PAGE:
He has also been reaching people with his music in other ways. The video for "The Cure" premiered on the The New York Times' Well Blog. His next video, for "Golden Castle Town," will be out in mid-October. I spoke to Scheuer over the phone before his first performance of The Lion in San Diego, where he will be through October 30, about the album and the future of The Lion.
Q: I had interviewed you before and the album hadn't come out yet, but you said you wanted it to be different from the show, that you don't think recordings should be exactly the same as what's on stage. I think you really accomplished that. Why was that important to you?
A: On stage, the theater director, Sean Daniels, helped me take my material and realize the best version of it for the stage. And for a record, I did the same thing. Meaning, I asked record producer Geoff Kraley to do the same job on the record that a director does in the theater, which is take the material and make sure it works best in the chosen medium. In the theater, you come in and you sit down and you hear all the songs all the way through with stories in between. On a record, you don't have costumes, you don't have lights, you don't have sets, you don't have talking, and you don't have the promise that they audience is going to listen to it all the way through. You do have a lot of other things. You have the opportunity to work with whatever sound you can imagine and whichever musicians you can call.
Let me give you an example. In the show The Lion, during "St. Rick," my character Ben is an angry 16 year old and is imaging he has the band Nine Inch Nails in his head when they play the song. For the record, Geoff Kraley and I thought, why don't we just get actual Nine Inch Nails to play on the record. We called Josh Freese who plays drums in Nine Inch Nails and he came and played on the track. So, suddenly the record sounds the way my character hears things in his head in the show.
We changed words, we changed arrangements, we changed the order of the songs to make a record that stands up on its own. We'd like to get this record, which is an official cast recording, nominated for a Grammy for best musical theater album, to simply show that there is a different way that musical theater records can be made.
Q: As you said, on the record, you can listen to it all the way through or you can listen to each song individually, so what was the thought process behind the order of the songs?
A: The play is one act, meaning there is no intermission, but it is structured in three acts with a coda. A record is two acts. A record is side A and side B. And a record doesn't have any talking, so we thought about tempos, we thought about keys of songs, we thought about the flow of the record.
The song "The Lion" is the last song in the show. I didn't want to put "The Lion" last on the record Songs from The Lion, so we put it third. The song "White Underwear," where dad dies, is the fifth song in the show. I didn't want to put that song fifth on the record before the song "The Lion." "The Lion" is a much more fun song. The song "Golden Castle Town" is a much more fun song. I wanted to open the record in a way that captured a positive energy and I didn't want all the positivity to be at the end, whereas in a piece of theater you want to end on a joyful and high note.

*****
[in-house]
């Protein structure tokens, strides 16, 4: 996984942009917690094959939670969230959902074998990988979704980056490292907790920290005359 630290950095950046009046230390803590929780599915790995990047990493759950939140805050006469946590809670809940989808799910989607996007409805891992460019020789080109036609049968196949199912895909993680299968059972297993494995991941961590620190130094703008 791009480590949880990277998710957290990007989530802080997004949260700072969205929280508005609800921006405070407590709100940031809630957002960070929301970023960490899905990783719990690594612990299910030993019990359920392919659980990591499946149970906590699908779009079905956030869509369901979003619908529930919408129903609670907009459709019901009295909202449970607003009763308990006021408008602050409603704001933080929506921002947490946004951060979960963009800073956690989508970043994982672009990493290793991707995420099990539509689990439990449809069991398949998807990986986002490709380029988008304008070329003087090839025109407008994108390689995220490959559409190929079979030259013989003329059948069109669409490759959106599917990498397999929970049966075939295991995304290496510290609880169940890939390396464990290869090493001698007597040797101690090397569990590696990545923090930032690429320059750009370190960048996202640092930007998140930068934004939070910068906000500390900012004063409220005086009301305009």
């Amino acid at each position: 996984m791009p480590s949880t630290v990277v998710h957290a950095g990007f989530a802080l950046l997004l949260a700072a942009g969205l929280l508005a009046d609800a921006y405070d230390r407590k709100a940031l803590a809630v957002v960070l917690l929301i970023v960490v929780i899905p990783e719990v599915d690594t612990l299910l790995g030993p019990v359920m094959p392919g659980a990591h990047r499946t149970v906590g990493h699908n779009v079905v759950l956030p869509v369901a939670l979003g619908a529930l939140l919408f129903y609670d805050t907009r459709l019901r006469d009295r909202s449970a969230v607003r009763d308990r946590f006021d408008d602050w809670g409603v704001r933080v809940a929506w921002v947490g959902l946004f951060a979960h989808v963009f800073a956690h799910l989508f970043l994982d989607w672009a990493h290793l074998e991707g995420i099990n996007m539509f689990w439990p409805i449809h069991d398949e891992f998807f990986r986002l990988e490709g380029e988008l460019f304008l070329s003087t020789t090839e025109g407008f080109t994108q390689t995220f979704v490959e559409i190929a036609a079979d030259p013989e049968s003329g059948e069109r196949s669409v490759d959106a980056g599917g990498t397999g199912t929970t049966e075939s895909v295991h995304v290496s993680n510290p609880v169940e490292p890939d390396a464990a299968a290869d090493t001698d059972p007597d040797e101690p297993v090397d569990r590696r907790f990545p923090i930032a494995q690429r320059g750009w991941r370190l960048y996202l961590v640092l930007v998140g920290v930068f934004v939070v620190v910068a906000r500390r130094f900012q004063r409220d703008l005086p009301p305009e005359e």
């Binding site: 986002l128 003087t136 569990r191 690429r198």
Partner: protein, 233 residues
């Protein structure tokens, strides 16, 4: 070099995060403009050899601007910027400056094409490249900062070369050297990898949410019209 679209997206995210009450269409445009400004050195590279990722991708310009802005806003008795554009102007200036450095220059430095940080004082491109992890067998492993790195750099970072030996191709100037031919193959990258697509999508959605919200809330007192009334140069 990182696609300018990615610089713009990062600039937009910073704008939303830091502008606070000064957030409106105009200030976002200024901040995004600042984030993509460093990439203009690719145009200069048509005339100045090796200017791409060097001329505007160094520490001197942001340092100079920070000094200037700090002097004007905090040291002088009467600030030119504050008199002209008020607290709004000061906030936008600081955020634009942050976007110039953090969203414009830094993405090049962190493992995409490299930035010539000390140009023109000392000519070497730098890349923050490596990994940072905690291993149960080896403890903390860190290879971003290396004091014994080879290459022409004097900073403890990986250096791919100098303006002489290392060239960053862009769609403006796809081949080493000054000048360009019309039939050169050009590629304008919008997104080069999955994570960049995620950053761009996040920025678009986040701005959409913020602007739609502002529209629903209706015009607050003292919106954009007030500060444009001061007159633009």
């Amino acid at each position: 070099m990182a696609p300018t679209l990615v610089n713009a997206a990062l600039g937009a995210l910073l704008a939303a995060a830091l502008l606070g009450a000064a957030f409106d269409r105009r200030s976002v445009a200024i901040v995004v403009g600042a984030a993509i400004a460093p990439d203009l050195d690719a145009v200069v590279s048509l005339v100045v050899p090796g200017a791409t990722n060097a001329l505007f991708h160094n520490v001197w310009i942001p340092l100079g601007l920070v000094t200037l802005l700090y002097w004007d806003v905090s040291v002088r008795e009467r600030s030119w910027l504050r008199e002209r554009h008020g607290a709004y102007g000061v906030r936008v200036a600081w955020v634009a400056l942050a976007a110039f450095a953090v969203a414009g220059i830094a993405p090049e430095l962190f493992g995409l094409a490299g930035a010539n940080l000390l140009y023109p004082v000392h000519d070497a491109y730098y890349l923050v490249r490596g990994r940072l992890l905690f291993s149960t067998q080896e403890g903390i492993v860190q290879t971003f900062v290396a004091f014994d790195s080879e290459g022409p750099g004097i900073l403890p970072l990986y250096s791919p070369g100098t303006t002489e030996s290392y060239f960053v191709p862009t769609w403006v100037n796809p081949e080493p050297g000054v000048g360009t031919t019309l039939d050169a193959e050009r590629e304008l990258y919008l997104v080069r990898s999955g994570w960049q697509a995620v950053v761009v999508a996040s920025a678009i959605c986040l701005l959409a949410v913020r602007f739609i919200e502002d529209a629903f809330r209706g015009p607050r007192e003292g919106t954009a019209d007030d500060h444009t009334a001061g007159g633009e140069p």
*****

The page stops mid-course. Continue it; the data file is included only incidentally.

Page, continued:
We end with "Three Little Cubs" which is actually a nod to the song "Her Majesty," which ends the record Abbey Road. Geoff Kraley and I played with different orders until we came up with one that felt like a nice journey for people who had never seen the show. It felt like it had good ebbs and flows--the pacing, the timing, the content of the lyrics. For the show, you pick the best order for the songs and for the record, you pick what you hope is the best order for the songs and if people want to put it in a different order, that's what iTunes is for.
|Photo credit: Shervin Lainez|
A: We're still looking. I'm looking for a guitar player first. Any age, any gender, any race. The way you audition is you learn the song "Cookie Tin Banjo" and send a video of yourself playing it to us, so I look forward to seeing what people share. I'm excited.
Q: Do you think it will be weird for you to have somebody else perform it, since it's such a personal story?
A: Probably. That's ok, though. I'd like to see if it works as a piece of theater without me in it. And it very well might. It also might not at all. It might need the autobiographical elements to work. I'm not sure, so as a playwright, I'm interested to see how much of The Lion is a play and how much of it is very much a coffee shop gig and the differences there. I'm eager and curious.
Q: You've been performing the show for a couple of years now. After performing it for so long, are you still finding new things in it?
A: Well, doing it in the round is really fascinating because here in San Diego we restaged the entire show. Because we are doing it in the round, I think there are 14 microphones on stage now and it feels very much like a recording studio. And I feel very comfortable in a recording studio, a room with microphones everywhere, so that feels really fun, and it feels pretty different, so that keeps it fresh for me.
Q: Are there any other cast recordings that you like?
A: Hamilton. Questlove, who produced that record, did an amazing job. It sounds like a contemporary pop record. It sounds like a record that can exist outside of a theater. And I look forward to hearing what new musical theater artists do when they now record their cast albums. When they think how can we keep allowing this wonderful genre to grow. Musical theater is not a genre. Musical theater is a methodology. And so, how can that methodology continue to evolve and captivate new audiences?